Class effect : Symptoms of dystonia, prolonged abnormal contractions of muscle groups, may occur in susceptible individuals during the first few days of treatment. Dystonic symptoms include: spasm of the neck muscles, sometimes progressing to tightness of the throat, swallowing difficulty, difficulty breathing, and/or protrusion of the tongue. While these symptoms can occur at low doses, they occur more frequently and with greater severity with high potency and at higher doses of first generation antipsychotic drugs. An elevated risk of acute dystonia is observed in males and younger age groups.
Given these considerations, antipsychotic drugs should be prescribed in a manner that is most likely to minimize the occurrence of tardive dyskinesia. Chronic antipsychotic treatment should generally be reserved for patients who suffer from a chronic illness that 1) is known to respond to antipsychotic drugs, and 2) for whom alternative, equally effective, but potentially less harmful treatments are not available or appropriate. In patients who do require chronic treatment, the smallest dose and the shortest duration of treatment producing a satisfactory clinical response should be sought. The need for continued treatment should be reassessed periodically.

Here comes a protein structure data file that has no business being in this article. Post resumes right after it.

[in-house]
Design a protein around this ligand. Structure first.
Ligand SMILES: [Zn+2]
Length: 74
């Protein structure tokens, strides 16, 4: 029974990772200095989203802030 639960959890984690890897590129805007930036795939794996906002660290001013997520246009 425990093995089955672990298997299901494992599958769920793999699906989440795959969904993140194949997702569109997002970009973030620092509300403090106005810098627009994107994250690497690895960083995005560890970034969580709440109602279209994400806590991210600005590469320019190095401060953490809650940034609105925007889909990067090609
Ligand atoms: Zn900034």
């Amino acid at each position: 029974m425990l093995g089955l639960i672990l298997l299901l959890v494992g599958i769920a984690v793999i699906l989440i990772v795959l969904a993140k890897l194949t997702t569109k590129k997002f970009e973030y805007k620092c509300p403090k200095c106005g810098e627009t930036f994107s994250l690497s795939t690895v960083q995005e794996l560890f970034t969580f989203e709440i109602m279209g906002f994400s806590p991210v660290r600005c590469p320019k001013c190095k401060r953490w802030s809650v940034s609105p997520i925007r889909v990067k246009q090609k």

Tardive Dyskinesia (TD) is a serious, sometimes permanent side effect reported with RISPERDAL CONSTA® and similar medications. TD includes uncontrollable movements of the face, tongue, and other parts of the body. The risk of developing TD and the chance that it will become permanent is thought to increase with the length of therapy and the overall dose taken by the patient. This condition can develop after a brief period of therapy at low doses, although this is much less common. There is no known treatment for TD, but it may go away partially or completely if therapy is stopped.